Are You a Disciple of Jesus?

“Go therefore and make disciples of all the nations, baptizing them in the name of the Father and of the Son and of the Holy Spirit, teaching them to observe all things that I have commanded you; and lo, I am with you always, even to the end of the age.” — Matthew 28:19-20

The above passage is commonly referred to as “The Great Commission.” Before Jesus ascended to heaven, He commanded His apostles to make disciples. Are you a disciple?

In this brochure we shall consider what is involved in being a disciple of Jesus Christ. If you are not one now, you will learn how to become one today! Let’s start with…


The word disciple means a learner, and denotes one who follows another’s teaching (Vine’s). A disciple was also an adherent, thus disciples were spoken of as imitators of their teachers.

Jesus stated the goal of a disciple: to become like one’s teacher (Lk 6:40). This coincides with God’s goal in the redemption of mankind, that we be conformed to the image of His Son (Ro 8:29).

Are you trying to follow Jesus and become like Him? Unless you are, it cannot be said that you are His disciple! To help further identify a true disciple of Jesus, He gave several distinguishing characteristics…


A disciple abides in Jesus’ words – Note what Jesus said to those who believe in Him (Jn 8:31). It is not enough that we believe in Jesus. We must abide in His Word. That is, be diligent students of His teachings, and doers of the Word of God (Mt 7:21-27; Jm 1:21-25).

A disciple loves the brethren – Consider what Jesus said to His followers (Jn 13:34-35). We are to love one another like Jesus loved us, with a love that is visible to others (“by this all will know”).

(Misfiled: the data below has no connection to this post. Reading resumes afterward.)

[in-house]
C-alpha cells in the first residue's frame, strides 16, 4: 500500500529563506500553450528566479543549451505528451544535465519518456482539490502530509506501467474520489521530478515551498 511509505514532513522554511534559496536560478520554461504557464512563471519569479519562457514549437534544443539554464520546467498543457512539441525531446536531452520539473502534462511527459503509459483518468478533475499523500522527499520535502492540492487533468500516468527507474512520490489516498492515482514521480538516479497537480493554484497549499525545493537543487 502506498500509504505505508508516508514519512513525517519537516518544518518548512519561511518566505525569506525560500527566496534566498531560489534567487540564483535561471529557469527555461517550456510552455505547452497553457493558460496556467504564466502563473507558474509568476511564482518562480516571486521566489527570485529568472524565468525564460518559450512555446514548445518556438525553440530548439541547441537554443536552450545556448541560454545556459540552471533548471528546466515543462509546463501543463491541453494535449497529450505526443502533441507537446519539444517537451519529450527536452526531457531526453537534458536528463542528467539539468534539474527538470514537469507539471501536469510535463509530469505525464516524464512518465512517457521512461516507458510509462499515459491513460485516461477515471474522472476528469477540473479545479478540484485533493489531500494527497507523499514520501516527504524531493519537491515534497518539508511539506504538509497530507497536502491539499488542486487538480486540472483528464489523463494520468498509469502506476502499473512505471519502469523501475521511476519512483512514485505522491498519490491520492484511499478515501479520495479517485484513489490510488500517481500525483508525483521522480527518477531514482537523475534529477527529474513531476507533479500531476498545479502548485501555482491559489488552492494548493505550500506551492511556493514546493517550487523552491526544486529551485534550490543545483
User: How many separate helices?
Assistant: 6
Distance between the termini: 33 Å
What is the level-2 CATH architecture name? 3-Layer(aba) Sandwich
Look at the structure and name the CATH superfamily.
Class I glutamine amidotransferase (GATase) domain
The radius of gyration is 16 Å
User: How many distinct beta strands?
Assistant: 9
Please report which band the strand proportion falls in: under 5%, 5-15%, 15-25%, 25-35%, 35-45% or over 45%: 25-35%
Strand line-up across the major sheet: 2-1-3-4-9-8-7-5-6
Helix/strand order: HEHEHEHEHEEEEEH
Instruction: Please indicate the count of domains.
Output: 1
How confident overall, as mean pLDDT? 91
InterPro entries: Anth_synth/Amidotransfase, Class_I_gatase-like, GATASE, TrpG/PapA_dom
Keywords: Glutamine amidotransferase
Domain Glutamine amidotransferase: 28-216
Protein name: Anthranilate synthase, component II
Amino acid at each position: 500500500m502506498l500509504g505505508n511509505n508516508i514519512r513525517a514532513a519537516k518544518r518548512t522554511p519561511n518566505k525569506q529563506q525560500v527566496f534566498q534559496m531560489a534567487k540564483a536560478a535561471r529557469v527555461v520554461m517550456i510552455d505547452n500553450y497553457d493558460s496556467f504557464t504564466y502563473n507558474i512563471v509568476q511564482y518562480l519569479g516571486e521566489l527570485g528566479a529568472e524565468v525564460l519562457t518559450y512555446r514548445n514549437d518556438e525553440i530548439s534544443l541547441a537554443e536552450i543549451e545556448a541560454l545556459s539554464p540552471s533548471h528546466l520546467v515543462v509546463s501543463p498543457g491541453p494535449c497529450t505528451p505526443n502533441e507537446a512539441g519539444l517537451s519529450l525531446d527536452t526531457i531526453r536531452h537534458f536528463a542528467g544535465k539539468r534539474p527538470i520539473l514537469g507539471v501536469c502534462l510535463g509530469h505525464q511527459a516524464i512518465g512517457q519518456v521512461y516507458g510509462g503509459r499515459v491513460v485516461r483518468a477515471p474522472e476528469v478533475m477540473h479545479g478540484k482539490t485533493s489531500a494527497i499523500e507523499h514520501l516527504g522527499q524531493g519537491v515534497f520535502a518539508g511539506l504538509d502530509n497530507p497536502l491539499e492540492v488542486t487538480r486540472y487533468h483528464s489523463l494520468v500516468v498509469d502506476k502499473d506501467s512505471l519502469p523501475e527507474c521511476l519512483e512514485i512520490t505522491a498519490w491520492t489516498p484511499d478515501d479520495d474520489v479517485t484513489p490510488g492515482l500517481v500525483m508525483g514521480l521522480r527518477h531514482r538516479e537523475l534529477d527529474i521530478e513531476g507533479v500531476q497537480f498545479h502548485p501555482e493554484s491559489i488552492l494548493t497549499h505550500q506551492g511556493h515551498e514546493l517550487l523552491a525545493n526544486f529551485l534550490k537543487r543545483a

A disciple bears much fruit – Again, consider Jesus’ words to His disciples (Jn 15:8). A true disciple bears much fruit. Not an occasional good deed, but a lifestyle which prompts people to glorify God (Mt 5:16; 1Pe 2:12). Failure to bear much fruit results in being severed from Christ (Jn 15:1-2)!


A disciple of Jesus means more than just a casual church member. It involves commitment!  The commitment involved is seen further as we consider…


Jesus must come first – To be a disciple, Jesus must come first, before self (Lk 9:23-25), even before family (Lk 14:25-26; Mt 10:34-37).

We must be willing to suffer for Jesus – He calls us to take up our cross to follow Him (Lk 14:27). Trying to live godly lives in an ungodly world, following Jesus sometimes involves ridicule and persecution (2Ti 3:12). Even if we are blessed to escape such things, we must still be willing to expend time and energy in promoting the cause of Christ in positive ways. Forsaking all to follow Him – We must count the cost (Lk 14:28-33). Nothing can take precedent over Him and His will for us, for He must be the King and Lord of our lives.


This cost of discipleship required by Jesus caused many to turn away from following Him. But Jesus wasn’t trying to attract large crowds, He wanted disciples! Is the cost worth it? I believe so, for consider..


Future blessings – We shall be saved from the wrath of God which is to come (Ac 17:31; Ro 5:9). We can look forward with joyful anticipation of spending eternity with God, free from sorrow, pain and death (Re 21:1-8).

Present blessings – Jesus offers a peace the world cannot give, to calm the troubled heart (Jn 14:27). His words inspire joy to lift our spirits out of depression (Jn 15:11). He offers those who follow Him the abiding love of God, which casts out fear (Jn 15:9; 1Jn 4:18). He makes it possible for us to be members of the family of God (Mk 10:28-30).

There are many blessings enjoyed by disciples of Jesus; but these suffice to demonstrate that though discipleship is costly, the rewards far exceed the cost!


Now that we understand the nature of discipleship, its cost and rewards, I hope that we want to be true disciples of Jesus Christ. How does one begin? For the answer we return to our text (Mt 28:19-20)…